Anthill - Insect tower defence meets line-drawing strategy

Any iOS gamer knows that before physics puzzlers reigned, the App Store was all about tower defence games. I consider myself a big fan of the genre, loving titles like Fieldrunners or Sentinel, but the reality is that I deleted iPhone the dedicated folder just for these kind of games long time ago and I don't play them anymore. Tower defence games feel stale these days. 

Approaching the genre with no originality will result in things like War Grimoire, a typical example of tedious uniform waves of enemies and repetitive gameplay. Since my last experiences with the genre left a bad aftertaste I was sceptic to try a new twist with a theme I'm not a big fan of. Fortunately, I was wrong. 

Anthill: Tactical Trail Defense [iTunes Link] by Image & Form is a mashup mixing line drawing control schemes with the mechanics of traditional tower defence and RTS games. As the commander of a colony of ants, your job is to source food securing safe routes for your ant workers keeping all the threats away from the anthill.

Playing around with ant pheromone trails just makes a lot of sense and it's a very efficient way to move large amount of troops with touch controls. From a top-down perspective, simply drag a line from the colony core to your destination and the selected type of ants will follow the trail. 

I can understand being an air traffic controller in Flight Control or commanding ships in Harbor Master. The genius of Anthill is that it borrows the controls and discards all the micromanagement that makes those line drawing games exciting. Here we'll be using those trails strategically to control the territory without having to control one unit at a time.

Unlike traditional tower defence games, Anthill is all about going out and exploring. Of course you'll get waves of enemies attacking your base or food resources but your troops are not static. In fact, they're always on the move. The campaign mode comes with four types of insects with their own abilities. Ant workers are only used to carry food and treasures to the colony, warriors fight with their powerful jaws, spitters shoot from the distance and can hide in trenches while flying ants are perfect for aerial attacks. You don't necessarily need to use them all at once although every campaign mission is tailored to teach you the basics for every type.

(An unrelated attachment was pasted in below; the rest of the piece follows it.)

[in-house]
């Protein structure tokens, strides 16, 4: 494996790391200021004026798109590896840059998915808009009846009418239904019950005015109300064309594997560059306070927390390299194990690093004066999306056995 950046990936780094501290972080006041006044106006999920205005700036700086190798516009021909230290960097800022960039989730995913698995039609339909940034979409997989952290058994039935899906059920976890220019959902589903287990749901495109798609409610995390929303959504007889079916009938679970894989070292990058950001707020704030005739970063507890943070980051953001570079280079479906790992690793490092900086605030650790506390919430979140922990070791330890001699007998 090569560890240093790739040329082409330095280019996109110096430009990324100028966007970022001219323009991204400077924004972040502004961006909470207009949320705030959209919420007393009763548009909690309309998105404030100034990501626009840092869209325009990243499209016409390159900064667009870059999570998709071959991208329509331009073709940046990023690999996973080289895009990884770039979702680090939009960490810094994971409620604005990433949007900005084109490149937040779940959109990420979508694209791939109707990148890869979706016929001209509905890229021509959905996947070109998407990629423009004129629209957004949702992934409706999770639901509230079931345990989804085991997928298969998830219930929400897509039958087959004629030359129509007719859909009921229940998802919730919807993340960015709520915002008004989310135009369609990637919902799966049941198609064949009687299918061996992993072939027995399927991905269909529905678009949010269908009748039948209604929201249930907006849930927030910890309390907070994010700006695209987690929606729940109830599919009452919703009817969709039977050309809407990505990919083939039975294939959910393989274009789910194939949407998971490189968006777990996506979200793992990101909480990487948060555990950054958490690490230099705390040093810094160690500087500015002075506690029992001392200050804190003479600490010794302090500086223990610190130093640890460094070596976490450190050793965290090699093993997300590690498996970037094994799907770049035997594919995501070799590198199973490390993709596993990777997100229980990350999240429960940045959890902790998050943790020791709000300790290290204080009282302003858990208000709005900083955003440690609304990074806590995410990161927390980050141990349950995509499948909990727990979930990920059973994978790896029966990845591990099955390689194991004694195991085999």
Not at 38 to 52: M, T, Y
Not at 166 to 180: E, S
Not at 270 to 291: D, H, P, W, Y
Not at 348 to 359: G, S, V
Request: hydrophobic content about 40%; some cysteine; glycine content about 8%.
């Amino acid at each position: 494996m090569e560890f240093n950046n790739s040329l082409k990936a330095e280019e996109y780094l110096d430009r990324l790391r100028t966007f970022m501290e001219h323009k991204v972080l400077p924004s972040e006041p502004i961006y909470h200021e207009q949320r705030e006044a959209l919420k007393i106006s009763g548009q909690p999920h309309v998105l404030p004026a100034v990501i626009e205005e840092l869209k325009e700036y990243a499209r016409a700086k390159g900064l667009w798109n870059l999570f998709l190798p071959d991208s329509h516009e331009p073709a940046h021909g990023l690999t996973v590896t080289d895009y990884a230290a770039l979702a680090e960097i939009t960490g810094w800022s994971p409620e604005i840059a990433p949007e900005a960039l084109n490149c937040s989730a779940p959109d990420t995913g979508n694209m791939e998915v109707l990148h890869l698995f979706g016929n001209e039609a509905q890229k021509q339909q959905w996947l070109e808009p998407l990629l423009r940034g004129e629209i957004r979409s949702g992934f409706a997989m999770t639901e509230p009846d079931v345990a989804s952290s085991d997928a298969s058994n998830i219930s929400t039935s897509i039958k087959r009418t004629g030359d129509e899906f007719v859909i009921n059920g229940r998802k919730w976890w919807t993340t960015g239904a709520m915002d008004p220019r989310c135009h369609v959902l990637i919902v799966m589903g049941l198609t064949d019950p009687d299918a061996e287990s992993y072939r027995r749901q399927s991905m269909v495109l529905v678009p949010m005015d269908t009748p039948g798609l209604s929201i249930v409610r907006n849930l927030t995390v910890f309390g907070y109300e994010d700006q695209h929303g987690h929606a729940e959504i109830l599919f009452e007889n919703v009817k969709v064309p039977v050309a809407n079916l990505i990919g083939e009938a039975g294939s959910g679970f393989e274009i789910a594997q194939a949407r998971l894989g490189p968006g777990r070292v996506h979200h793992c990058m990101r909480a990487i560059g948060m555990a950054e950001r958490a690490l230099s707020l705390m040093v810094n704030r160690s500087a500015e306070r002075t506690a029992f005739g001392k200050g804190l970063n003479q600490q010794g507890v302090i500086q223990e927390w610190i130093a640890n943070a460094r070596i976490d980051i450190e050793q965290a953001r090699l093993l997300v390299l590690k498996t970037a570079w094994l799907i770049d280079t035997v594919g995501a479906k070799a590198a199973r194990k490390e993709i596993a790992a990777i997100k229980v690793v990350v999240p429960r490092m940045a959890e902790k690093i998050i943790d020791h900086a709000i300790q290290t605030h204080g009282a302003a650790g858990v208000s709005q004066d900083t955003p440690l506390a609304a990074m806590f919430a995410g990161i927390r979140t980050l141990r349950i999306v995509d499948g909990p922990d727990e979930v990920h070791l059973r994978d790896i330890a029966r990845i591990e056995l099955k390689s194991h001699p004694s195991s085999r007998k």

As you collect resources your food meter increases allowing you to produce more units. If you have set some trails, new units will follow these paths, otherwise they'll hide in the anthill until they're called. Aerial units can only drop one acid bomb on a single trip and will return to the base to recharge. There is a permanent upgrade system too but it's only available in between missions. Once you complete a map, the amount of kills, food an other metrics are calculated to earn the typical three star rewards, that can be later used to upgrade a type of unit.

The level design is extremely well balanced with difficulty ramping up quite fast. New types of enemies with their own behaviour will appear and you'll soon be familiar with random bugs and the threat they represent to your colony. The plants in the forest are the obstacles that create a natural maze-like space that you should use for your advantage. Unlike the classic tower defence games, the enemies won't go directly to your anthill and will instead defend their ground, attack your prey or steal your resources. This gives an extra dimension to the game, keeping the player changing the ant trails as the level progresses.

As I already mentioned, I'm not a fan of the insect theme - blame those movies from Dreamworks and Pixar - but the end result has convinced me. The graphics look neat on Retina Displays and the tiniest units are clearly recognisable even when there's a lot going on.  

Having grown with real time strategy games for the PC, I can clearly notice similitudes in the resource collection vs. unit production and the challenges it involves. There's nothing better than nurturing a huge army and launching a concentrated attack on the enemy at the crucial point of the level. Anthill has some of that flavour too.     

The latest update includes a new endless mode that addresses the limited amount of levels on the initial release and caters for the hardcore audience, as things get quite hard very quickly. I'd like to see some sort of enemy guide explaining weak points, since they look quite similar and it's difficult to asses their strength until you fight them. I wouldn't mind being able to sacrifice my own ants and use them as food when I run out or enemies organise a blockade to the resources.

Anthill: Tactical Trail Defense is a fantastic option for strategy fans who often struggle to find compelling titles on the platform. The last update addresses the re-playability issue and for the price and amount of work that went into it, I don't see any reason not to grab it. Don't judge it for the cute look and awkward theme - it's there for a reason - and it convinced me after five minutes playing.